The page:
The Phase I projects, including two each in Louisiana, Mississippi, Alabama and Florida, were the focus of 12 public meetings held throughout the Gulf states and in Washington, D.C., during the months of January and February 2012.
In addition to speaking at meetings, hundreds of citizens filed comments by mail and online. Following the meetings, more than 500 people and organizations submitted comments, which were gathered and carefully evaluated. The comments, as well as trustee responses to them, are included in the Phase I plan, which can be reviewed at http://www.gulfspillrestoration.noaa.gov and http://www.doi.gov/deepwaterhorizon. The NOAA Gulf Spill Restoration site also provides additional information about restoration planning and a status update on the ongoing damage assessment.
"We are deeply grateful to everyone who took the time to participate in the process and hope for their continued engagement as we move ahead," said Department of the Interior trustee Rachel Jacobson, Acting Assistant Secretary of Fish and Wildlife and Parks. "The public's comments strengthen our belief in these projects, and offer some great ideas for the future."
"The early restoration projects will drive both ecological and economic renewal," said NOAA trustee Monica Medina, Principal Deputy Undersecretary of Commerce for Oceans and Atmosphere. "Through these and future projects, the trustees intend to build a regional restoration economy."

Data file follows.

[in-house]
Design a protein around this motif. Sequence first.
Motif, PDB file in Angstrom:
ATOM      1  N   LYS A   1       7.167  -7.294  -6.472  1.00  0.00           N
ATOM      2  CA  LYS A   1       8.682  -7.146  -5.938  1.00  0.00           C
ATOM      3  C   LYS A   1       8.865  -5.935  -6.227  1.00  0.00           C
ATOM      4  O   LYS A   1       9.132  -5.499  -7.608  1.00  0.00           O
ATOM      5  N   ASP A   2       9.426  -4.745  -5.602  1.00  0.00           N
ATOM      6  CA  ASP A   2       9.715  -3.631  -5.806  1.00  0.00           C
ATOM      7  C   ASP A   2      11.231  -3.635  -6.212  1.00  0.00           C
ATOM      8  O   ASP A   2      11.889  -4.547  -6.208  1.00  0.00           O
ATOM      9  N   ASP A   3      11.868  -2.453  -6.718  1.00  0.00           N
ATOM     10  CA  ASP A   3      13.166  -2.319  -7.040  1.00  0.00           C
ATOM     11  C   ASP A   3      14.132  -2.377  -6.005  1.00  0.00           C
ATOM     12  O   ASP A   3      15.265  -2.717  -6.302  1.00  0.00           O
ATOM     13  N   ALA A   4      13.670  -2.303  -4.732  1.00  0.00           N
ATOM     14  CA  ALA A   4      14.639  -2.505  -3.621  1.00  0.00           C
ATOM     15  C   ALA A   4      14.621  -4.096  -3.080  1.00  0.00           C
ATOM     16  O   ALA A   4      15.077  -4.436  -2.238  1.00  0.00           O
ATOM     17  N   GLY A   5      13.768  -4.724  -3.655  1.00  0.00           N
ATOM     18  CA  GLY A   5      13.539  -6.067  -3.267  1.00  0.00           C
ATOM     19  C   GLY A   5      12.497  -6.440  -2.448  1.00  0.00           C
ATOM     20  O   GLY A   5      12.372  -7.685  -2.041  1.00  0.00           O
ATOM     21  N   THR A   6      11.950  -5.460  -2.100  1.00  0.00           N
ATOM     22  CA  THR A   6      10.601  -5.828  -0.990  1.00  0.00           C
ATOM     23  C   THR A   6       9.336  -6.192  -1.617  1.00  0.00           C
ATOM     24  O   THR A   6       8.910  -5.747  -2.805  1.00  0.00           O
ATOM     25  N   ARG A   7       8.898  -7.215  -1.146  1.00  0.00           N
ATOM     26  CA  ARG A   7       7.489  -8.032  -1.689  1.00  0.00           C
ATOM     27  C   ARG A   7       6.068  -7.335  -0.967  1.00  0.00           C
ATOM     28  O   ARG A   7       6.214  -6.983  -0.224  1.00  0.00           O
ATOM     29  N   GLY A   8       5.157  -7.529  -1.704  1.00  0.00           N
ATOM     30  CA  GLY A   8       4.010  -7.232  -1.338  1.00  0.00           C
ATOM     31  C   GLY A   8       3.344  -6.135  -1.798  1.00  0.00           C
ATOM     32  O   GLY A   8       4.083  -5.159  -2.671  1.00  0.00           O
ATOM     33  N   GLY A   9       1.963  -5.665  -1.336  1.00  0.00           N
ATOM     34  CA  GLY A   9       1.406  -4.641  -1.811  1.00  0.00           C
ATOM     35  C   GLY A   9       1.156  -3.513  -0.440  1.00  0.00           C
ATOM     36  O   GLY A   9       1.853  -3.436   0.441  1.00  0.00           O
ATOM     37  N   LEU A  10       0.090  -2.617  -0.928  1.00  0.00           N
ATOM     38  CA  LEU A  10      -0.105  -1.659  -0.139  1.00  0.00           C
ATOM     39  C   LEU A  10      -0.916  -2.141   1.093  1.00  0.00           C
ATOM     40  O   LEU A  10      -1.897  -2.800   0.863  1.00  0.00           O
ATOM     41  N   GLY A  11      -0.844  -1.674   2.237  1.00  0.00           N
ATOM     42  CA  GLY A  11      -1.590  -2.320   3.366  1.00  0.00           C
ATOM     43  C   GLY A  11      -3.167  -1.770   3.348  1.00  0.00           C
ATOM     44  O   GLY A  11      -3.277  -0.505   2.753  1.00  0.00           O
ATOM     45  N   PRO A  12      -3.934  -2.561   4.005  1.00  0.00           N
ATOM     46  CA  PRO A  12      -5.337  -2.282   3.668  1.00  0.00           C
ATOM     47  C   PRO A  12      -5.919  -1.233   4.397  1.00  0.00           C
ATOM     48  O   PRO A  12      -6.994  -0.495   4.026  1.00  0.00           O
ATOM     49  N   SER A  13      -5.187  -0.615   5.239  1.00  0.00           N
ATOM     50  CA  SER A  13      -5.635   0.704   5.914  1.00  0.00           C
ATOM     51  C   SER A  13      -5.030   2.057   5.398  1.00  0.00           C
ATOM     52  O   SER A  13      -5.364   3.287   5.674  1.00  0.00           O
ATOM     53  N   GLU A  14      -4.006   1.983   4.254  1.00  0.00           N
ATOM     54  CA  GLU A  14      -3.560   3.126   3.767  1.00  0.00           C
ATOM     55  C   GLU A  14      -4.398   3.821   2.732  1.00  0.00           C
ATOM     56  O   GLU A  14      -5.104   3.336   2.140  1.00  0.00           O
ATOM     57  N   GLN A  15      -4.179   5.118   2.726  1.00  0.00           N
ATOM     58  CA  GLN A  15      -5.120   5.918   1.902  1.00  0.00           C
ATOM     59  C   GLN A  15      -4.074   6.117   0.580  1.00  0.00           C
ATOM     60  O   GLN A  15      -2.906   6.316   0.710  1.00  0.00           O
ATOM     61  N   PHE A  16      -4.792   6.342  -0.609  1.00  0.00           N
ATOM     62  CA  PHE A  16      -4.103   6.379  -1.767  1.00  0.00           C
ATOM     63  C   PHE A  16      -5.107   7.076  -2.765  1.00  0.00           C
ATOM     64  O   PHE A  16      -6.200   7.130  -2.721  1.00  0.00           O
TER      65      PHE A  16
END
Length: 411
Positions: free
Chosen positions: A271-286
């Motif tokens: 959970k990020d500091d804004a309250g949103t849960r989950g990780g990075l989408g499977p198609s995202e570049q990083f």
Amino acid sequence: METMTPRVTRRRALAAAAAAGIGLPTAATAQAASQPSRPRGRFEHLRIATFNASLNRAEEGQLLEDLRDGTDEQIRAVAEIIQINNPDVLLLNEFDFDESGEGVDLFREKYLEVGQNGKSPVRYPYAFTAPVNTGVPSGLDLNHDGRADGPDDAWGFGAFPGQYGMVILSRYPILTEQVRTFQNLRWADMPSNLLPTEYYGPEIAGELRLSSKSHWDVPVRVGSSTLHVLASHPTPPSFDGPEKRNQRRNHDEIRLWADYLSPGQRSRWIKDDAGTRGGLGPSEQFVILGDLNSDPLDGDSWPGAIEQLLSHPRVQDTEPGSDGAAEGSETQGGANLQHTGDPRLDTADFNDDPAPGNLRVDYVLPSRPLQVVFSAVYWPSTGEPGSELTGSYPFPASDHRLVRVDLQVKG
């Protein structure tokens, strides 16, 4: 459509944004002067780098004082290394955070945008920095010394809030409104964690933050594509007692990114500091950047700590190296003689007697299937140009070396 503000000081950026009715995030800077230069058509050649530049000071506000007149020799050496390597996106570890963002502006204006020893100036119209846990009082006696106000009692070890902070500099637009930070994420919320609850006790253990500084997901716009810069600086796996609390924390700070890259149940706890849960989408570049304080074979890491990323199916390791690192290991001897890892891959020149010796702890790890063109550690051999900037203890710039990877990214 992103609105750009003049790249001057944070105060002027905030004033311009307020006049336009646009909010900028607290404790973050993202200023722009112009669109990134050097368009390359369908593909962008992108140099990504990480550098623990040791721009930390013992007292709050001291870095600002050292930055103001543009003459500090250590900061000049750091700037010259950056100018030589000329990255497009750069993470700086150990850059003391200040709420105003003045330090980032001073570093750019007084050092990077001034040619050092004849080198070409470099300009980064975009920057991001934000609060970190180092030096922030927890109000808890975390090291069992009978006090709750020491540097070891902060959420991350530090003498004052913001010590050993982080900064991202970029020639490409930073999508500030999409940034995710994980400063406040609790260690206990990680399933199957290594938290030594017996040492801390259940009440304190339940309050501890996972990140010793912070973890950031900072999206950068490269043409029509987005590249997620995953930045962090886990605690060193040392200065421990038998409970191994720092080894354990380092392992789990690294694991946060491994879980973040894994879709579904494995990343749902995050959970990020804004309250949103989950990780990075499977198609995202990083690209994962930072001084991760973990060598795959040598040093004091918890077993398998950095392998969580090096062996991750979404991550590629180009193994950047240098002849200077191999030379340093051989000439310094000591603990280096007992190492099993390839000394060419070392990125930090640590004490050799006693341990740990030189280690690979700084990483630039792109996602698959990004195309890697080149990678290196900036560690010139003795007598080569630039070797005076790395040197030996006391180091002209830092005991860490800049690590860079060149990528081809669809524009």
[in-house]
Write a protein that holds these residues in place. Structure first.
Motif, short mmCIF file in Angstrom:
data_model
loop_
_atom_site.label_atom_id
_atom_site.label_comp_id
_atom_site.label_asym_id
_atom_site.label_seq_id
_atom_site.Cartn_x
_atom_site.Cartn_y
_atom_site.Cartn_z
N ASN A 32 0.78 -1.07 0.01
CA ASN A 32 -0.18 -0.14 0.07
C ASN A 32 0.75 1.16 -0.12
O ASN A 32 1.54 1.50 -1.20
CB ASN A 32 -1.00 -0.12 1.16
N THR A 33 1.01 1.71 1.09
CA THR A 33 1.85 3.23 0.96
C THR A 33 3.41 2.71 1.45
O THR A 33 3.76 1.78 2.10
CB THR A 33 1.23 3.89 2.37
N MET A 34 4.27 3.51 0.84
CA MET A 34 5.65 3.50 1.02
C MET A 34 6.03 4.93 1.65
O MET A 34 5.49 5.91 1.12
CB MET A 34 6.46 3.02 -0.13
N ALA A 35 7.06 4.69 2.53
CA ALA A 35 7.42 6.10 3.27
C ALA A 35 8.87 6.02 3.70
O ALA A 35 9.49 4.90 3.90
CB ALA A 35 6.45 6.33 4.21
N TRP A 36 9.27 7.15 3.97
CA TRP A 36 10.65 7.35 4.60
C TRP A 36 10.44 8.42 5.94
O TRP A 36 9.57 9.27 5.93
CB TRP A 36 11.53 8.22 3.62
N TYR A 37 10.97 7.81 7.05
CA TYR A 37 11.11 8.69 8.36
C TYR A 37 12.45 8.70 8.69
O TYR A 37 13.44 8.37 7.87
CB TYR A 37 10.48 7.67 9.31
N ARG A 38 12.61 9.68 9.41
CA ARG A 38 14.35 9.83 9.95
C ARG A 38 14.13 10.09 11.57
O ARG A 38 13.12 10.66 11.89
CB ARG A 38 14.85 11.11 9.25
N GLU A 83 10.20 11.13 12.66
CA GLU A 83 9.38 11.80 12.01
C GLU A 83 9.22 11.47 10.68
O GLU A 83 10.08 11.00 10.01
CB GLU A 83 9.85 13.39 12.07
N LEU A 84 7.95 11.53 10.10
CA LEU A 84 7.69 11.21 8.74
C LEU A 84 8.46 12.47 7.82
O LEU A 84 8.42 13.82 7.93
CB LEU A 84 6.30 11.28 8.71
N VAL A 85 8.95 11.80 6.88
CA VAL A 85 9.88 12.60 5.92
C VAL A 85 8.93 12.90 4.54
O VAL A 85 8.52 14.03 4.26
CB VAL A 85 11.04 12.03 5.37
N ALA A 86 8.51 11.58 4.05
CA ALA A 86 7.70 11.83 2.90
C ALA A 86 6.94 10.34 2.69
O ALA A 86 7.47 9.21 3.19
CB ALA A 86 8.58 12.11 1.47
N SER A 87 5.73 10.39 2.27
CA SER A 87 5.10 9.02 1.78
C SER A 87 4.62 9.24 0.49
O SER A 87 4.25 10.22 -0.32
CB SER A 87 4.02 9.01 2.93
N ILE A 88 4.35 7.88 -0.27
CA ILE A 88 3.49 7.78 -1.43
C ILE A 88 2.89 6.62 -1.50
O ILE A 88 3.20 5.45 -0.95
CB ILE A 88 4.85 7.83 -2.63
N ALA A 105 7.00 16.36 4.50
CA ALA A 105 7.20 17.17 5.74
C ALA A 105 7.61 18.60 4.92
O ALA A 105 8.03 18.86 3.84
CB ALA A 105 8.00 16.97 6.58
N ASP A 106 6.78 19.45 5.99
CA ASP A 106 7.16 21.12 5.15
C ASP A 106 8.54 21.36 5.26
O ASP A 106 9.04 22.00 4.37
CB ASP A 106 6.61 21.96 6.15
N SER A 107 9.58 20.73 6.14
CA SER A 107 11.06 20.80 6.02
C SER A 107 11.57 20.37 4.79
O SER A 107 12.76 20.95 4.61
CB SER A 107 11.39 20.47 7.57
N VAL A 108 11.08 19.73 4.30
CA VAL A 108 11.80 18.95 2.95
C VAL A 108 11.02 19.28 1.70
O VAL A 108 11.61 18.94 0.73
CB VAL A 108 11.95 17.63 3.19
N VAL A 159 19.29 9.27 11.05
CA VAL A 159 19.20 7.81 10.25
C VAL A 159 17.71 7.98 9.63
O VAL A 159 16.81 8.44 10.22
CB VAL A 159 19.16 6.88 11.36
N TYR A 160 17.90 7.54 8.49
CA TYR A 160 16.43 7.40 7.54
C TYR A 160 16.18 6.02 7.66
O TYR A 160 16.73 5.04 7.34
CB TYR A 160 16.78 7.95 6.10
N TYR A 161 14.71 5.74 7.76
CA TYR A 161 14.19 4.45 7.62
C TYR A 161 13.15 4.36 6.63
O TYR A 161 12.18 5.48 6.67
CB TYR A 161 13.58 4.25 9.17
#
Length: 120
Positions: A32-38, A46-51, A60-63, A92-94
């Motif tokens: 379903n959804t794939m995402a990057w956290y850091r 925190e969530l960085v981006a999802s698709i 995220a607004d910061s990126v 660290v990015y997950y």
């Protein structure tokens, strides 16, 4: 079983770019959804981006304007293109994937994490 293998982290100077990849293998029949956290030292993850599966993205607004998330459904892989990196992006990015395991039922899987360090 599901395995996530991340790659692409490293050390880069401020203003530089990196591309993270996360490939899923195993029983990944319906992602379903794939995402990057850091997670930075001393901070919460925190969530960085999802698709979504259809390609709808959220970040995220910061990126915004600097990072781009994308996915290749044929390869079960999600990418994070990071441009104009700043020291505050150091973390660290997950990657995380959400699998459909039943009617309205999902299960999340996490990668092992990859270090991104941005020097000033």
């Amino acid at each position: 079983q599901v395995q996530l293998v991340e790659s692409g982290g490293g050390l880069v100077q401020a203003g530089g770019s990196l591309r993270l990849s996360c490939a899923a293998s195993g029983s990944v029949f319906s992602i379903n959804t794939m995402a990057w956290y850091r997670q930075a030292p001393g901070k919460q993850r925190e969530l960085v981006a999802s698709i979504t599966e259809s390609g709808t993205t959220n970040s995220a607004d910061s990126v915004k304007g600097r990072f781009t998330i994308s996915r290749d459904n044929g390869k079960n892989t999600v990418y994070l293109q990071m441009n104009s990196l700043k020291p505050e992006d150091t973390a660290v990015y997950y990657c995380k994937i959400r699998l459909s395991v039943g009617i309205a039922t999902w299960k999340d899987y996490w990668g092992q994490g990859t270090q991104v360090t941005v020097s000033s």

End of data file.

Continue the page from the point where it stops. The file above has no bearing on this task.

"These projects allow us to begin implementing restoration of Louisiana's natural resources quickly, rather than waiting years for the completion of the full assessment," said Louisiana trustee Garret Graves, chairman of the Coastal Protection and Restoration Authority of Louisiana. "But we continue to be focused on pursuing additional projects with BP. Nearly two years after the start of the oil spill, we hope that BP moves quickly to approve future restoration for the Gulf Coast."
"The Phase I projects mark an important first step in assuring Mississippi's recovery from the Deepwater Horizon spill, but they are only a first step. We will continue to press for additional projects to restore coastal marshes, damaged shorelines and sensitive areas of ocean habitat and estuaries vital to the sustainability of marine ecosystems," said Mississippi trustee Trudy D. Fisher, Executive Director of the Mississippi Department of Environmental Quality. "The health and sustainability of the Gulf of Mexico are vital links to a strong economy and the livelihood of our coastal residents."